by Paula Berg Owen
Kristin Wigley-Fleming Fine Arts Gallery, Center for the Arts
February 17 - April 6, 2011
There will be a Gallery Reception on Monday, February 21, 2011 from 4:30 - 5:30 p.m. All are welcome.
Paula S. (Berg) Owen was born in 1948 in Iowa City, Iowa, but grew up in Decorah, Iowa, where her father was a professor at Luther College. She earned her BA in art and political science from Luther College in 1970, a master’s degree in art education from Moorhead State University in 1978, and an MFA in painting and printmaking from Virginia Commonwealth University in 1985. Paula has been president of the Southwest Schools of Arts (SSA) in San Antonio, Texas since 1996. The school is a recognized national leader in arts education that provides classes and workshops to over 4000 children and adults each year. During Paula’s presidency at SSA, the school has grown significantly through the addition of a major San Antonio gallery space, a printmaking studio, and a new papermaking studio. In 2013 the school will begin to offer a Bachelor of Fine Arts Degree. SSA also hosts outstanding exhibitions by artists of regional and national significance. Over 225,000 people visit the school each year for its wide variety of exhibits, lectures, events, and classes, and 40,000 more people are reached through numerous off-site activities such as the Mobile Arts Program that annually sends art teachers to over 60 schools and service agencies.
Prior to her work at the Southwest School of Arts, Paula held various positions in business and education, including director of the Visual Art Center of Richmond, Virginia from 1985-1996. She has curated over 60 exhibitions and organized numerous regional and national conferences. She has also served on several panels, including the Bush Foundation in Minneapolis, Minnesota; the Barnett Symposium at The Ohio State University in Columbus, Ohio; and the Visual Arts Panel for the National Endowment for the Arts. She has served as a judge and juror for several organizations and events, including the Philadelphia Craft Show in Pennsylvania; the Pew Fellowships in the Arts, also in Philadelphia; and the Smithsonian Craft Show in Washington, DC. She has been honored by the Ford Salute to Education in San Antonio, Texas; chaired the Cultural Alliance of San Antonio; and served as project director for the “Women and the Craft Arts” National Conference at the National Museum of Women in the Arts, Washington, D.C. Her participation on national boards includes the Hand Workshop Art Center and the Santa Reparata International School of Art. She has written for the New Art Examiner, Metalsmith, Artpapers, and American Ceramics, and her book of essays, Objects and Meaning, New Perspectives on Art and Craft, co-authored with Anna Fariello, was published in 2003 by Scarecrow Press. In addition to her numerous administrative art duties, she is an accomplished studio artist.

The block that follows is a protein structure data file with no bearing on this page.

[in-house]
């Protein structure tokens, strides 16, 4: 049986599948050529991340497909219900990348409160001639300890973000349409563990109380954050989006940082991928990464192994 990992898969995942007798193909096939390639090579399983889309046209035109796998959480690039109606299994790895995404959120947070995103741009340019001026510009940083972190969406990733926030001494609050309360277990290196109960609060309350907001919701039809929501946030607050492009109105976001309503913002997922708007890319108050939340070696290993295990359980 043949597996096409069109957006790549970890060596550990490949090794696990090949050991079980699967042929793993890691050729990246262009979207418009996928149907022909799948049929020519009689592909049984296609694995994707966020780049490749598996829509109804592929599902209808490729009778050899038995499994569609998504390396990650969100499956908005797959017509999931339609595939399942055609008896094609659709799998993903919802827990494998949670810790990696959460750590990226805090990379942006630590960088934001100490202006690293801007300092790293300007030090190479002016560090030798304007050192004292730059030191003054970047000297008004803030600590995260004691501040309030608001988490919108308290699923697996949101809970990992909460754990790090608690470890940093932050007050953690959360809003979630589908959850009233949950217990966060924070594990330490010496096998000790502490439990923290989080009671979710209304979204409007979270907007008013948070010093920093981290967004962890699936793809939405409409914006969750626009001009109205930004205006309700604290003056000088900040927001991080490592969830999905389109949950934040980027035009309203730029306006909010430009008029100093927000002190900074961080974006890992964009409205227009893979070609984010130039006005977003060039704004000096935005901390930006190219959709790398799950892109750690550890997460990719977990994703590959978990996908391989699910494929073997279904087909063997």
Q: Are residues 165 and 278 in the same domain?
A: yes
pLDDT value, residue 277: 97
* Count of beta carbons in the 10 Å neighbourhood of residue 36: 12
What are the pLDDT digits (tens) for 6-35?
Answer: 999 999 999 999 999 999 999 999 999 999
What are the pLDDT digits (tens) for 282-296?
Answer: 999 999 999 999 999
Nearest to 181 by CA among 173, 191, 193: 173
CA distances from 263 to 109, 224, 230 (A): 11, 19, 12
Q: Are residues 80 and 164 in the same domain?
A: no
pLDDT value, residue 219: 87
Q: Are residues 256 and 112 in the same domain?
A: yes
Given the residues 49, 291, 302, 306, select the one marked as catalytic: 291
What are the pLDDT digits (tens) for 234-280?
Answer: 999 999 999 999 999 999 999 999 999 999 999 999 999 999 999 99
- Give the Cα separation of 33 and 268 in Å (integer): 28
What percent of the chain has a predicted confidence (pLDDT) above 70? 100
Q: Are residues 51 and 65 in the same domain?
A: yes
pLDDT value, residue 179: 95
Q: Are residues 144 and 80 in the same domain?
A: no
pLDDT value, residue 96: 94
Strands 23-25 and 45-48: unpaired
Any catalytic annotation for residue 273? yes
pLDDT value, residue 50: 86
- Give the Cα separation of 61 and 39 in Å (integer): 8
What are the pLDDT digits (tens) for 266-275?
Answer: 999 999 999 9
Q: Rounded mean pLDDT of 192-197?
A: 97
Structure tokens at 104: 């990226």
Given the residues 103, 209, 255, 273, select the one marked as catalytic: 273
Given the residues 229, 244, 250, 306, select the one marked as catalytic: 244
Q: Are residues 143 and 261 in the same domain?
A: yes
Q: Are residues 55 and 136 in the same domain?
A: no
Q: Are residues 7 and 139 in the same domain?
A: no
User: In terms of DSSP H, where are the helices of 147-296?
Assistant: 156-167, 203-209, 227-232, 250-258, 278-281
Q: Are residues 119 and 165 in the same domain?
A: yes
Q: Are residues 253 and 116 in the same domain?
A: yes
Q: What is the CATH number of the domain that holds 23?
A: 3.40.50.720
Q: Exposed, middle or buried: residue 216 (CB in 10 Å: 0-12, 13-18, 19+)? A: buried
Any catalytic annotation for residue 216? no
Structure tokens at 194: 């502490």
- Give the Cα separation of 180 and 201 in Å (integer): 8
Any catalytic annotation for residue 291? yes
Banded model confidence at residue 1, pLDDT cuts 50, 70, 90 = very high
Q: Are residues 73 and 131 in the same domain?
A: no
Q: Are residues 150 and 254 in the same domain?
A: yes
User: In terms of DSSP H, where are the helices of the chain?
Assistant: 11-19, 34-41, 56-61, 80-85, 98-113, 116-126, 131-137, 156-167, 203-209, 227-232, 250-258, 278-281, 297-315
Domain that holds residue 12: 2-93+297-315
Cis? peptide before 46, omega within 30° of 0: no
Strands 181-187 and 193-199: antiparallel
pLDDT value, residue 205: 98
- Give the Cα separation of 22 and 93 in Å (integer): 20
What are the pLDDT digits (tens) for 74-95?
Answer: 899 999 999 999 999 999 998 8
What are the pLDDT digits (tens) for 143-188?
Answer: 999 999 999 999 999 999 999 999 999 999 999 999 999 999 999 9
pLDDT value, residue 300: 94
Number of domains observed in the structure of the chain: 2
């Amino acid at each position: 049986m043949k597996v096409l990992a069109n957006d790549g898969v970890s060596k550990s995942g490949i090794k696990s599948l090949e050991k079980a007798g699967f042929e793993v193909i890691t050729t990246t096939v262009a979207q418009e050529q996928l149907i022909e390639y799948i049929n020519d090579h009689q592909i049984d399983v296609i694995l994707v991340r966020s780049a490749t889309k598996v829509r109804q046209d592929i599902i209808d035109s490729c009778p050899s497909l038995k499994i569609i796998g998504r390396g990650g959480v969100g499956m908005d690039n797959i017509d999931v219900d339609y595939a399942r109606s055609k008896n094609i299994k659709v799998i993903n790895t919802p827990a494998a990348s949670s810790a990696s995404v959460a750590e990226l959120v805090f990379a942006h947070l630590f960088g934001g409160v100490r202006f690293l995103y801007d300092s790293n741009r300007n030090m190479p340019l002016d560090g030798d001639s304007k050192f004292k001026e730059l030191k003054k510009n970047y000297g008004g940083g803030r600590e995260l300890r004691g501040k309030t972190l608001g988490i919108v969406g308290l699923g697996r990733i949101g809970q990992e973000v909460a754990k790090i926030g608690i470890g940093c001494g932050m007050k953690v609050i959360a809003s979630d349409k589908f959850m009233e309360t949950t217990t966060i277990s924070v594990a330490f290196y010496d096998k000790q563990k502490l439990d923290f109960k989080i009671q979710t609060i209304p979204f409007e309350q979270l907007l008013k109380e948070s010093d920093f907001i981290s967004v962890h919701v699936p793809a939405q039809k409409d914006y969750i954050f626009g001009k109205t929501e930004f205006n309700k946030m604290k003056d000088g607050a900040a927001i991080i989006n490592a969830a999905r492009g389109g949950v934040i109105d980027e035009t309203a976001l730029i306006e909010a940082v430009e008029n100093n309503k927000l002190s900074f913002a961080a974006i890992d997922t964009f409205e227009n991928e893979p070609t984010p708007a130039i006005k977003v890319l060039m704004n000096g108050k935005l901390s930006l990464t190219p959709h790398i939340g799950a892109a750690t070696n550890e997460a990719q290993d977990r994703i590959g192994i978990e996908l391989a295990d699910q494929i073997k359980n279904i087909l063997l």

In 1995, Paula received a Distinguished Service Award from Luther College.
"Because my father, Warren Berg, was a professor at Luther for over 40 years, most of my childhood is fused with Luther College campus life. My family even lived on campus in Campus House for several years. As a little girl I haunted the library, the chemistry lab, the radio station, and faculty offices. I watched the old gymnasium burn down and most of the new buildings under construction. We ran our sleds down Sunnyside hill, ate in the boarding club, collected pop bottles under the bleachers, played on the gymnastics equipment, and, of course, attended every social, athletic, and ceremonial event. Our home was filled with art and music, foreign students, friends, activity, while the immutable radiance of the Oneota Valley enveloped it all.
Artists cannot help but search for the sublime, and in my case the quest may also be propelled by that idyllic childhood. We live in an era, however, in which the fractured, often incoherent realities that confront us, make the search challenging. Reconciliation of our multiple realities – not to mention deeper perception of them – is illusive. In my studio, however, I attempt to reclaim the possibility through the process of painting. While not a cognitive process, it is instead the interiorizing of my mind and body as I work, waiting to transcend both.
I have come to think that this attempt reflects in part my upbringing in Decorah. When one’s formative years are regulated by but also enhanced by the powerful rhythms of nature and culture, it is not surprising that the enormous forces inherent in both be central to my aspirations.
For me, both in and out of the studio, the sublime is sometimes found in the equilibrium that can emerge from chaos. According to chaos theorists, the notion of the “strange attractor” describes the complex and elegant patterns that emerge from non-linear, dynamic systems.” Observable in the formal properties of my paintings, which reflect the symbiosis between incongruent forms or references, my paintings also convey the process of reconciling my own multiple realities.
Moreover, the concept of the “strange attractor” articulates my memories of and fascination with the lyrical patterns in nature – dust motes in morning sunlight, blowing snow, swarms of insects, spiraling leaves, schools of fish, rippling water, migrating birds. The paintings are characterized by these patterns as well by a sense of equilibrium emerging from richly textured layers."
-Paula Berg Owen